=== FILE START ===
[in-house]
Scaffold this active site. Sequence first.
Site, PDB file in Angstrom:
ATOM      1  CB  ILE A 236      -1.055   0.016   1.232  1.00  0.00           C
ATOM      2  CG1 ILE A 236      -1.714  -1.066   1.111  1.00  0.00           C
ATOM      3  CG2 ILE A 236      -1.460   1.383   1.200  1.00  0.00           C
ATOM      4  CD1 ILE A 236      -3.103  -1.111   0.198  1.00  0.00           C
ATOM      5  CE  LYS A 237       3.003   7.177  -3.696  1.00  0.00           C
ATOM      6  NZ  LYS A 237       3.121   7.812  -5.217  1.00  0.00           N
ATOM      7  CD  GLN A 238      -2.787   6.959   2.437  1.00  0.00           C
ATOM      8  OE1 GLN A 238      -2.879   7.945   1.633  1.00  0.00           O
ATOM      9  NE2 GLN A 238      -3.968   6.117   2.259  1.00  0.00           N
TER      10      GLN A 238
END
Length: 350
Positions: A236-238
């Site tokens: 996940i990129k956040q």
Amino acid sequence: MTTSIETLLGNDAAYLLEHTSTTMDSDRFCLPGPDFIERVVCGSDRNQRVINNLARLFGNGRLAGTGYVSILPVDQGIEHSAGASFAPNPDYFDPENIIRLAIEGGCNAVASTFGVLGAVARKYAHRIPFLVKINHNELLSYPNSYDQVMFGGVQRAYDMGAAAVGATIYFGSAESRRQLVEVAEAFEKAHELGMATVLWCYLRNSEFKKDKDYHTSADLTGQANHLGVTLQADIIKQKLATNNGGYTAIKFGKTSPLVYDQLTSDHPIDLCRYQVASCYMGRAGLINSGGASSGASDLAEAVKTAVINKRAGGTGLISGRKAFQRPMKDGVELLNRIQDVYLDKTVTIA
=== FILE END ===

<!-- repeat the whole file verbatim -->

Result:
[in-house]
Scaffold this active site. Sequence first.
Site, PDB file in Angstrom:
ATOM      1  CB  ILE A 236      -1.055   0.016   1.232  1.00  0.00           C
ATOM      2  CG1 ILE A 236      -1.714  -1.066   1.111  1.00  0.00           C
ATOM      3  CG2 ILE A 236      -1.460   1.383   1.200  1.00  0.00           C
ATOM      4  CD1 ILE A 236      -3.103  -1.111   0.198  1.00  0.00           C
ATOM      5  CE  LYS A 237       3.003   7.177  -3.696  1.00  0.00           C
ATOM      6  NZ  LYS A 237       3.121   7.812  -5.217  1.00  0.00           N
ATOM      7  CD  GLN A 238      -2.787   6.959   2.437  1.00  0.00           C
ATOM      8  OE1 GLN A 238      -2.879   7.945   1.633  1.00  0.00           O
ATOM      9  NE2 GLN A 238      -3.968   6.117   2.259  1.00  0.00           N
TER      10      GLN A 238
END
Length: 350
Positions: A236-238
């Site tokens: 996940i990129k956040q």
Amino acid sequence: MTTSIETLLGNDAAYLLEHTSTTMDSDRFCLPGPDFIERVVCGSDRNQRVINNLARLFGNGRLAGTGYVSILPVDQGIEHSAGASFAPNPDYFDPENIIRLAIEGGCNAVASTFGVLGAVARKYAHRIPFLVKINHNELLSYPNSYDQVMFGGVQRAYDMGAAAVGATIYFGSAESRRQLVEVAEAFEKAHELGMATVLWCYLRNSEFKKDKDYHTSADLTGQANHLGVTLQADIIKQKLATNNGGYTAIKFGKTSPLVYDQLTSDHPIDLCRYQVASCYMGRAGLINSGGASSGASDLAEAVKTAVINKRAGGTGLISGRKAFQRPMKDGVELLNRIQDVYLDKTVTIA